In 2009, a young Ugandan member of Parliament, David Bahati, collaborated with James Nsaba Buturo, Uganda’s former minister of state for ethics and integrity, in putting forth the Anti-Homosexuality Bill in Uganda’s Parliament. Both men are Fellowship members. Bahati organizes Uganda’s National Prayer Breakfast; Buturo once said that “homosexuals can forget about human rights.”
When The Fellowship’s role in creating the bill was exposed, Senators Inhofe and Brownback refused to denounce the legislation, claiming that they didn’t want to “interfere” with Uganda’s internal politics. But other Fellowship members began distancing themselves from the bill, disinviting Bahati from the 2010 National Prayer Breakfast.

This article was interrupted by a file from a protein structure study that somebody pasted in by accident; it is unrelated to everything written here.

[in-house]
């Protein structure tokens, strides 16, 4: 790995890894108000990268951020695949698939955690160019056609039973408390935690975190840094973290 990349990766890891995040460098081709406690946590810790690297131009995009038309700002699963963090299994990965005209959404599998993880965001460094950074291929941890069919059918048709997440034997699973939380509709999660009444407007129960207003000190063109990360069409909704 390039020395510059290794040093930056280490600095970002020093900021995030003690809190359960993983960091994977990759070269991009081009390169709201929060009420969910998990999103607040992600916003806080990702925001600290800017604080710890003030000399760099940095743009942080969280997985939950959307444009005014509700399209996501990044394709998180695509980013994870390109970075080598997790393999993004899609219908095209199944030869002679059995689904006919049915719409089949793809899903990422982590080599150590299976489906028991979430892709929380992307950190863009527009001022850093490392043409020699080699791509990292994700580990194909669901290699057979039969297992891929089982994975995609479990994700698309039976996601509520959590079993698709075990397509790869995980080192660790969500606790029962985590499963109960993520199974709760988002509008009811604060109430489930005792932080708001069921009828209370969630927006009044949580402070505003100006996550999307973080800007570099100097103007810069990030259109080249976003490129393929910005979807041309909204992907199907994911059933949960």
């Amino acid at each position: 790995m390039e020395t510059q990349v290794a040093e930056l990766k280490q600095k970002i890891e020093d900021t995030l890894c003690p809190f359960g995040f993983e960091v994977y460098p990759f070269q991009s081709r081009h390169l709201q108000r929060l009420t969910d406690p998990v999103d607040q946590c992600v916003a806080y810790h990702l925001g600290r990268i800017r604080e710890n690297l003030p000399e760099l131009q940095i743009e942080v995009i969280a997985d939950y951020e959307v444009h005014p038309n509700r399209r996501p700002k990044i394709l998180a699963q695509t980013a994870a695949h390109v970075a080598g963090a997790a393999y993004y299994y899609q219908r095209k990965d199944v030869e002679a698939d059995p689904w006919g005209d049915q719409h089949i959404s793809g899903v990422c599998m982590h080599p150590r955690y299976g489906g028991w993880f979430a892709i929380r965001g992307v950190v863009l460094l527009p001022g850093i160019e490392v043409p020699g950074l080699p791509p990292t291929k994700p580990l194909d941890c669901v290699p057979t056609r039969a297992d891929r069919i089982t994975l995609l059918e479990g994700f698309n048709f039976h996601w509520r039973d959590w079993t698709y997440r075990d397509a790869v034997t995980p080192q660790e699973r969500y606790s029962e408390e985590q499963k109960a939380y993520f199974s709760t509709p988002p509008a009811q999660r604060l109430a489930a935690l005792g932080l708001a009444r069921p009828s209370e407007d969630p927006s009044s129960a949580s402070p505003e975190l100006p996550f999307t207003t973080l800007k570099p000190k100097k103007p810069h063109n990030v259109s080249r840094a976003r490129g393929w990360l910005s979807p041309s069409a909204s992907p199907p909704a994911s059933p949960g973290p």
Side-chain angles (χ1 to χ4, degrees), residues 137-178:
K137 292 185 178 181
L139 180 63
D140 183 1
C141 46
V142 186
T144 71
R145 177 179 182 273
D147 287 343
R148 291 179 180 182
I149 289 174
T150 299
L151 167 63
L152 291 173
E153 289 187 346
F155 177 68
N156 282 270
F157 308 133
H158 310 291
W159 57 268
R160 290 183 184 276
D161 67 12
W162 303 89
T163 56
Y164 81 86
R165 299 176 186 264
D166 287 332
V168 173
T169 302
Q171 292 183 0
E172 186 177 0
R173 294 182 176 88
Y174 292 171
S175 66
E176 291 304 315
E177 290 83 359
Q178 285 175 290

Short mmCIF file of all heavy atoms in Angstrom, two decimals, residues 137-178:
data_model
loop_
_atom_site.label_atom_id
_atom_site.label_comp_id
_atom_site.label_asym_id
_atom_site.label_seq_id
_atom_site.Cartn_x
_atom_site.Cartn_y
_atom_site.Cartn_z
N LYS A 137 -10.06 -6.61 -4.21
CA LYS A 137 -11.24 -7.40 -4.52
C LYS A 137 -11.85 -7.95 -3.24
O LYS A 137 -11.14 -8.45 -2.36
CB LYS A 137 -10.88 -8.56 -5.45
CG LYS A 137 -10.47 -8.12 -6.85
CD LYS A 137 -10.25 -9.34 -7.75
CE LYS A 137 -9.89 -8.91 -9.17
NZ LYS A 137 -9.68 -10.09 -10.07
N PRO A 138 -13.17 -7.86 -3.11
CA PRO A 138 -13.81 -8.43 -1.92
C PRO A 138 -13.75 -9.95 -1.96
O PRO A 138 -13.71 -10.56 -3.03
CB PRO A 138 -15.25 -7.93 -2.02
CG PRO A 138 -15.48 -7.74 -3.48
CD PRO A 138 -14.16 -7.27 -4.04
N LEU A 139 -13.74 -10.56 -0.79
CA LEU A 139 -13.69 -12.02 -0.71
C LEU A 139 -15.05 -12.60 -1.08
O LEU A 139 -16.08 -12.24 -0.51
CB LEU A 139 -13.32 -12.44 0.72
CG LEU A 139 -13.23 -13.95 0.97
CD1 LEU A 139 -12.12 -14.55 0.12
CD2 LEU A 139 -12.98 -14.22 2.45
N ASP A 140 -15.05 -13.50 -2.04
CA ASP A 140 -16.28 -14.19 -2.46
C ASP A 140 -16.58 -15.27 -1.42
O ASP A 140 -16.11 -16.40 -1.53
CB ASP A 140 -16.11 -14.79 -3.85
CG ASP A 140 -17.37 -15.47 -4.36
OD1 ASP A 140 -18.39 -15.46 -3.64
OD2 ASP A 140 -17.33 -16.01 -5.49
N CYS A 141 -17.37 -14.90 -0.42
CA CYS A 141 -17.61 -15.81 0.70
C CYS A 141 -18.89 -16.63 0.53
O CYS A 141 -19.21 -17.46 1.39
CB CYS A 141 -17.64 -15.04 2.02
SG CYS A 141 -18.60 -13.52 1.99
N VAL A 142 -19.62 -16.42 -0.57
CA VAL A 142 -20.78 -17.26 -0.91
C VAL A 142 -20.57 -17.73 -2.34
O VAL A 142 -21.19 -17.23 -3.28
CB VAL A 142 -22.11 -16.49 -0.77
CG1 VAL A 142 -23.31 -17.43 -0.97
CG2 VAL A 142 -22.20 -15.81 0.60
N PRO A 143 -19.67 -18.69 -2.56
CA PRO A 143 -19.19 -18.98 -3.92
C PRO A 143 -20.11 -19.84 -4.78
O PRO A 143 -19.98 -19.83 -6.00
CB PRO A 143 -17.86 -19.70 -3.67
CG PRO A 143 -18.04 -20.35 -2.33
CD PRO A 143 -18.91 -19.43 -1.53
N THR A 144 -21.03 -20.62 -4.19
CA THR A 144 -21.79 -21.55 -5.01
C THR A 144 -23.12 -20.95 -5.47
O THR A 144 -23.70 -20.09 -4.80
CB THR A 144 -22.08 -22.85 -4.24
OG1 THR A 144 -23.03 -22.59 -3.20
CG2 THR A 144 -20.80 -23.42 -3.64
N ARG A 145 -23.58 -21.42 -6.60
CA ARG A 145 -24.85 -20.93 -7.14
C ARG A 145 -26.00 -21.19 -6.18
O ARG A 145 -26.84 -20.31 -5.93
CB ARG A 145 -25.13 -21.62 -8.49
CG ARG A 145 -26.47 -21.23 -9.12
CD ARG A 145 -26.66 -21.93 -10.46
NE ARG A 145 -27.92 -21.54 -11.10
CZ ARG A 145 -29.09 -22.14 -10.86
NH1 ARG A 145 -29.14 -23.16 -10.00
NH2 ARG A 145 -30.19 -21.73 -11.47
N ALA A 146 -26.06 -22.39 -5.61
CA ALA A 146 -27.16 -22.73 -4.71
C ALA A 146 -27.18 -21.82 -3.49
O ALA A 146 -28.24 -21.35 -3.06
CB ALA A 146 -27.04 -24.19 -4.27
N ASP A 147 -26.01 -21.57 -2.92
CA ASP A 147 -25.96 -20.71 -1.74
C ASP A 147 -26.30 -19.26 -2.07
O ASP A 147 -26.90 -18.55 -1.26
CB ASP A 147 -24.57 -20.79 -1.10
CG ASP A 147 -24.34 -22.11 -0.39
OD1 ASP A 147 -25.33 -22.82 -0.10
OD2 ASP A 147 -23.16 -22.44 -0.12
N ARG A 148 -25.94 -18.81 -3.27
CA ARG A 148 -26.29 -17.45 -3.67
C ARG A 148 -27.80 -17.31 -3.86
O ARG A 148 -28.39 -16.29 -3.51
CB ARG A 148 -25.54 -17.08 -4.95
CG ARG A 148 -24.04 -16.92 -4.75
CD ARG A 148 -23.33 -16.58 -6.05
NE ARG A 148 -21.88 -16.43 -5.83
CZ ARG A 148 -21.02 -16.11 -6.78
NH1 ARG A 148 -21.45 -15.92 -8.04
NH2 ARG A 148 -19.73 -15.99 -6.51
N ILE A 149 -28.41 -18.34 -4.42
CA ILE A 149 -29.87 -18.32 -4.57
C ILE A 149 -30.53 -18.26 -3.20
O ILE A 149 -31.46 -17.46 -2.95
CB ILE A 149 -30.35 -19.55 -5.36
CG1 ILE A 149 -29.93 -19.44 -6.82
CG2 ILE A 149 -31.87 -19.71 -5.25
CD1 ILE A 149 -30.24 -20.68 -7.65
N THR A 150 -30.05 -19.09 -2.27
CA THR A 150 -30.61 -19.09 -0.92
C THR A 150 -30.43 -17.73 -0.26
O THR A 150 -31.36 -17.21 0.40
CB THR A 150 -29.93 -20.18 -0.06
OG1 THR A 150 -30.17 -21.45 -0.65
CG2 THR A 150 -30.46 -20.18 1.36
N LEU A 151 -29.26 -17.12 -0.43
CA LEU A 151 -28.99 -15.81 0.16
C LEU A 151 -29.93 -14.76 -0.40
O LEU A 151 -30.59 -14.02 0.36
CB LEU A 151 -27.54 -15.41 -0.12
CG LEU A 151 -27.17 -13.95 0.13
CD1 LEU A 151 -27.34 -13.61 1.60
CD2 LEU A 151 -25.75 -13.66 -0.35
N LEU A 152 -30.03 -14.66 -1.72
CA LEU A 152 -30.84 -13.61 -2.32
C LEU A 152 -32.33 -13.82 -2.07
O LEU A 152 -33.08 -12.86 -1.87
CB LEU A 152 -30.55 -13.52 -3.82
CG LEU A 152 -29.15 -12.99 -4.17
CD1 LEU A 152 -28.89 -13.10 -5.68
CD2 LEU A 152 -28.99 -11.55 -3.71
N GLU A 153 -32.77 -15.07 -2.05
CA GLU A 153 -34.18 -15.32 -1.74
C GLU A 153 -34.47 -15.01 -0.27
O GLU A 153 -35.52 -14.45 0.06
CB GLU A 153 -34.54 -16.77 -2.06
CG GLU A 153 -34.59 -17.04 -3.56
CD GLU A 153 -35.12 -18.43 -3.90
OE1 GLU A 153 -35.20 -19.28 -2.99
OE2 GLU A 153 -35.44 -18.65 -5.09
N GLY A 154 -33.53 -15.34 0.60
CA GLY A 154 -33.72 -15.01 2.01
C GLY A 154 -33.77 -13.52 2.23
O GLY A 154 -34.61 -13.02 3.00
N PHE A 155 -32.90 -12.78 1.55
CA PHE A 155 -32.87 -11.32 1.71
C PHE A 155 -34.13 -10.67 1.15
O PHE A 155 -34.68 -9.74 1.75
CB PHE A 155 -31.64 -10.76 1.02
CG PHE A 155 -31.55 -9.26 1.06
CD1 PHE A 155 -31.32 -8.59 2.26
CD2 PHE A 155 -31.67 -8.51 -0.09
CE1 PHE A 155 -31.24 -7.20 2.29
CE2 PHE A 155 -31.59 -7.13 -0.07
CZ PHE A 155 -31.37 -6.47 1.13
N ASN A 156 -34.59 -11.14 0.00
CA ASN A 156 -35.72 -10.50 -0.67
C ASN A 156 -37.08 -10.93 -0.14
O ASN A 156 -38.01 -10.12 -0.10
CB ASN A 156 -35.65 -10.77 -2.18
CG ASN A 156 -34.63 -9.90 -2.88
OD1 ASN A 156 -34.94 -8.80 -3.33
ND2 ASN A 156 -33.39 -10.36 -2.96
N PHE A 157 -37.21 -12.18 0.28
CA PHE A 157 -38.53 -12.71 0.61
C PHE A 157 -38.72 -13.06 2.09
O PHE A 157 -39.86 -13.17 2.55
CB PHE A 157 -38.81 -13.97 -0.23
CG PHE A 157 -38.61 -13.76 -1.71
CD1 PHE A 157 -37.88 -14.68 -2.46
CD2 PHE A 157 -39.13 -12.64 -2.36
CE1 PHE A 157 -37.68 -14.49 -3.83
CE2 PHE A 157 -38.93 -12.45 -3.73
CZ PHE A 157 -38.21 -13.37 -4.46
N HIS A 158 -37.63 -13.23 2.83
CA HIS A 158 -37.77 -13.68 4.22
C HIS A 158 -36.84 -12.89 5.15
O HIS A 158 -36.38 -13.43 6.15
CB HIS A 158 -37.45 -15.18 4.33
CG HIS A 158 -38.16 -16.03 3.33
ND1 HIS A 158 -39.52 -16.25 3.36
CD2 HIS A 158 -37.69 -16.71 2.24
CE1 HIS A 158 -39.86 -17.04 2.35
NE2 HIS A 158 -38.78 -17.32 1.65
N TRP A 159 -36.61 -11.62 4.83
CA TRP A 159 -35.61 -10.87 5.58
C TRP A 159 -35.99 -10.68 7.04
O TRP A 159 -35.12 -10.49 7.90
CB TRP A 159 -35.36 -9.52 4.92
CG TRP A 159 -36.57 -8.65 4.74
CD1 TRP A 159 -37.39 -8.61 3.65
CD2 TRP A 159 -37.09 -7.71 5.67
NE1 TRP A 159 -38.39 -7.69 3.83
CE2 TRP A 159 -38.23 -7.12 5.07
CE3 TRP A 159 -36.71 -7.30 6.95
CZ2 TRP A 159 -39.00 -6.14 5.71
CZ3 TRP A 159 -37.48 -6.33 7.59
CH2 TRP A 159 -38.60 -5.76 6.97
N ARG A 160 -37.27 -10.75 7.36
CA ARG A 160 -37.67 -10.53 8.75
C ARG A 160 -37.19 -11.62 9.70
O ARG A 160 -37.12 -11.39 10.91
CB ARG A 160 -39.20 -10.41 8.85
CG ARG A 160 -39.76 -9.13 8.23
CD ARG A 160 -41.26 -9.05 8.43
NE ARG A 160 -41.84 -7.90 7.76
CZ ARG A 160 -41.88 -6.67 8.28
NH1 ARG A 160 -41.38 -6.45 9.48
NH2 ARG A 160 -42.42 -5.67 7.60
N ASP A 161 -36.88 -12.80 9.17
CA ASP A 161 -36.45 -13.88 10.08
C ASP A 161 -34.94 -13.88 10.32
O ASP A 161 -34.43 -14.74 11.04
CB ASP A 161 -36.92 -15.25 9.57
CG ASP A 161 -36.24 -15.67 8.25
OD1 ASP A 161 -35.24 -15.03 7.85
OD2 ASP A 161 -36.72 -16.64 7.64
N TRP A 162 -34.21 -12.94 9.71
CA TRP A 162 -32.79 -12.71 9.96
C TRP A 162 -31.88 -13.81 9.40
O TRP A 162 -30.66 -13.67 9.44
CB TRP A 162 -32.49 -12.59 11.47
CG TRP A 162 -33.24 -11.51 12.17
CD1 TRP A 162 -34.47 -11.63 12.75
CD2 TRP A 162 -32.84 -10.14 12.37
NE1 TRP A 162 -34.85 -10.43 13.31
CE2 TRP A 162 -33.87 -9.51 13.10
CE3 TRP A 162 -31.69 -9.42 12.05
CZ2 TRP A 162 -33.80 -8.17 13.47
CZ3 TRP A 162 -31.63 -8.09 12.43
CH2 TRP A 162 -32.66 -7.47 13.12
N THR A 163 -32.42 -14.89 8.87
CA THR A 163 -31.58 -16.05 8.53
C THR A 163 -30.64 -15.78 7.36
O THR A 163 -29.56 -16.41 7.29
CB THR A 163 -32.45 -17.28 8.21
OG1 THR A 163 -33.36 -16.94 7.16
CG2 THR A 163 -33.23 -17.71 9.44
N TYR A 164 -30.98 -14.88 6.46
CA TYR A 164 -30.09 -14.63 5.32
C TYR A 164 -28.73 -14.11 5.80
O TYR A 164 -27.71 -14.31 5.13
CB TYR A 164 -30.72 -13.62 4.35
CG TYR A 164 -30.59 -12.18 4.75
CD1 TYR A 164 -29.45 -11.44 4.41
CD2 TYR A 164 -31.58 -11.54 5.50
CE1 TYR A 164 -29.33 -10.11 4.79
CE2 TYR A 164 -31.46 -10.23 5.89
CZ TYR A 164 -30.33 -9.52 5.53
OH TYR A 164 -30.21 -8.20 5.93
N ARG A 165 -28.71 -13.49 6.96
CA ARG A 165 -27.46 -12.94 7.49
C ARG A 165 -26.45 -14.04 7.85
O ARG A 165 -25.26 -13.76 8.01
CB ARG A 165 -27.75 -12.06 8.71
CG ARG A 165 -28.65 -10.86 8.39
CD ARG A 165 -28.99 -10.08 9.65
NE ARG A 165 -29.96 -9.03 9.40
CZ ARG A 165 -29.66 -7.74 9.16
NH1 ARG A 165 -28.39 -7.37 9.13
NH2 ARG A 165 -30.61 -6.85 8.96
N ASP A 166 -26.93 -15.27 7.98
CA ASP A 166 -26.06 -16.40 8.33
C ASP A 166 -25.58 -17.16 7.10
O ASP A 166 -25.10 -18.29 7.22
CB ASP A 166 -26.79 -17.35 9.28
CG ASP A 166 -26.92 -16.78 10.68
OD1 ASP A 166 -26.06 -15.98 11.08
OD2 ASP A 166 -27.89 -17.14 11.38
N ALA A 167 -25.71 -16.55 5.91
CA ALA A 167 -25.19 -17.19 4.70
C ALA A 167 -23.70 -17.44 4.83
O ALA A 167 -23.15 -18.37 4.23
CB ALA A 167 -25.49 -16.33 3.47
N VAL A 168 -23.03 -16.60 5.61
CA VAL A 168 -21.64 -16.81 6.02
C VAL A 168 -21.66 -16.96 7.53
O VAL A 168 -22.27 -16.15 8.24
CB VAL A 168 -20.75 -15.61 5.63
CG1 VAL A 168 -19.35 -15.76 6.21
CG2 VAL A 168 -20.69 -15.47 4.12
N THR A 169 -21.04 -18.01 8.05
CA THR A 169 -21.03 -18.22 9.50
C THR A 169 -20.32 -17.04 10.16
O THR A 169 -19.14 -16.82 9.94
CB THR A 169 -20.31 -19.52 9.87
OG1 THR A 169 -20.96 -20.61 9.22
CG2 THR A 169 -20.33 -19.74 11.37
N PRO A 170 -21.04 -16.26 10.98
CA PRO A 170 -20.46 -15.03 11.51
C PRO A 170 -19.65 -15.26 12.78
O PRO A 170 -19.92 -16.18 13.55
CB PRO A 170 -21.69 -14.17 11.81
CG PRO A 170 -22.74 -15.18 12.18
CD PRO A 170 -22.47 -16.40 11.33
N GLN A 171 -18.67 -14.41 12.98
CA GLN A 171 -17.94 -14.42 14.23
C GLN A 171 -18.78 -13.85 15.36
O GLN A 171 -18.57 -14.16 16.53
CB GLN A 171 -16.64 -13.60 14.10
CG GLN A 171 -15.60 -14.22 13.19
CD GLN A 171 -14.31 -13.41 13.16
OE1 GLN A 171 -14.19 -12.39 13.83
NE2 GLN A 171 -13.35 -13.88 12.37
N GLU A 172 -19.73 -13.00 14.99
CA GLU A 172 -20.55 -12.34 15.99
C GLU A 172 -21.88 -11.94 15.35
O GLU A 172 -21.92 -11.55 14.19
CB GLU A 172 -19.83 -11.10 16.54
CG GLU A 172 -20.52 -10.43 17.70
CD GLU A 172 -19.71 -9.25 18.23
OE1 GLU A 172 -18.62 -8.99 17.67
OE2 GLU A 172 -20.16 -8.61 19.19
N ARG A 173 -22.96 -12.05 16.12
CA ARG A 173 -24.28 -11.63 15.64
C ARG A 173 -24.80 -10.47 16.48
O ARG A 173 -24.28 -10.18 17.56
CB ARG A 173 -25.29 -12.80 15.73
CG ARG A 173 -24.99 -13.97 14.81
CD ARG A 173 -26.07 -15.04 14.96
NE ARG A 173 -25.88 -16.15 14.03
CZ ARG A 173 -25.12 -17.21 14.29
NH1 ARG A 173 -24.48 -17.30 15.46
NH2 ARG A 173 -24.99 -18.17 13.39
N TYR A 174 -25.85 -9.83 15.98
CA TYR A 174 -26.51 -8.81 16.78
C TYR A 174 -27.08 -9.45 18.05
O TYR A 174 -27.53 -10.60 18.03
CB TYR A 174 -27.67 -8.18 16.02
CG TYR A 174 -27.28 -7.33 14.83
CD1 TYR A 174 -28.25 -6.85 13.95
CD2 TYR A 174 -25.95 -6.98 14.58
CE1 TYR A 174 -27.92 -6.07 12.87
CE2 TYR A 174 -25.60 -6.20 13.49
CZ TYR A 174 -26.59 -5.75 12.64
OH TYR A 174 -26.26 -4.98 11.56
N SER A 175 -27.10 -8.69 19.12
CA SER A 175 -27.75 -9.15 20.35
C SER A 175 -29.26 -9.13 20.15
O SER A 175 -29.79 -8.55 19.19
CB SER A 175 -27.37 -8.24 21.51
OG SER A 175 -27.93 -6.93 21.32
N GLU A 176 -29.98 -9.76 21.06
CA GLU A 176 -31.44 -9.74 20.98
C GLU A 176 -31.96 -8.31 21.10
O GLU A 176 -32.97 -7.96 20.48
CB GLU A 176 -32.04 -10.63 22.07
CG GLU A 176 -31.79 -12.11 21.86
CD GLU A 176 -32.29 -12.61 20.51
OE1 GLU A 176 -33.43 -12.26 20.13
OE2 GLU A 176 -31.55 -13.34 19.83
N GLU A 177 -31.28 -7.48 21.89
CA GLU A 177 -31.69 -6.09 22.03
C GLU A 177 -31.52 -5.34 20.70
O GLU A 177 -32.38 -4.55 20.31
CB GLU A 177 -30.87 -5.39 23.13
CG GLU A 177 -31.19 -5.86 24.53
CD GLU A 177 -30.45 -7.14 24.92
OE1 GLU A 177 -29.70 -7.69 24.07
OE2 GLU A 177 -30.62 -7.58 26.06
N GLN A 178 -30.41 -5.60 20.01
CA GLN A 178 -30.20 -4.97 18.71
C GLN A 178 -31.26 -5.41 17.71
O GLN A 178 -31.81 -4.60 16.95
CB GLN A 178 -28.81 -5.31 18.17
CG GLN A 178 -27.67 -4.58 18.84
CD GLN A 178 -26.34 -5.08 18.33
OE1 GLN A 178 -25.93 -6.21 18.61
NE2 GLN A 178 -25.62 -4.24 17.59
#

Bahati insisted that his bill nonetheless enjoyed private support among U.S. leaders, including those who publicly condemned it. Meanwhile, Bahati’s prominence and position within the Ugandan branch of The Fellowship—and within the nation’s government and ruling party—have risen.
Bahati was named as a coconspirator in a U.S. federal court case—along with Scott Lively, Stephen Langa, Martin Ssempa, and Buturo. The men were charged with violating international law and human rights by calling for the persecution of LGBTI people. (For more information on the trial, see Scott Lively’s profile in the U.S. Christian Right Clergy Section.)
For more details, see American Culture Warriors in Africa: A Guide to the Exporters of Homophobia and Sexism.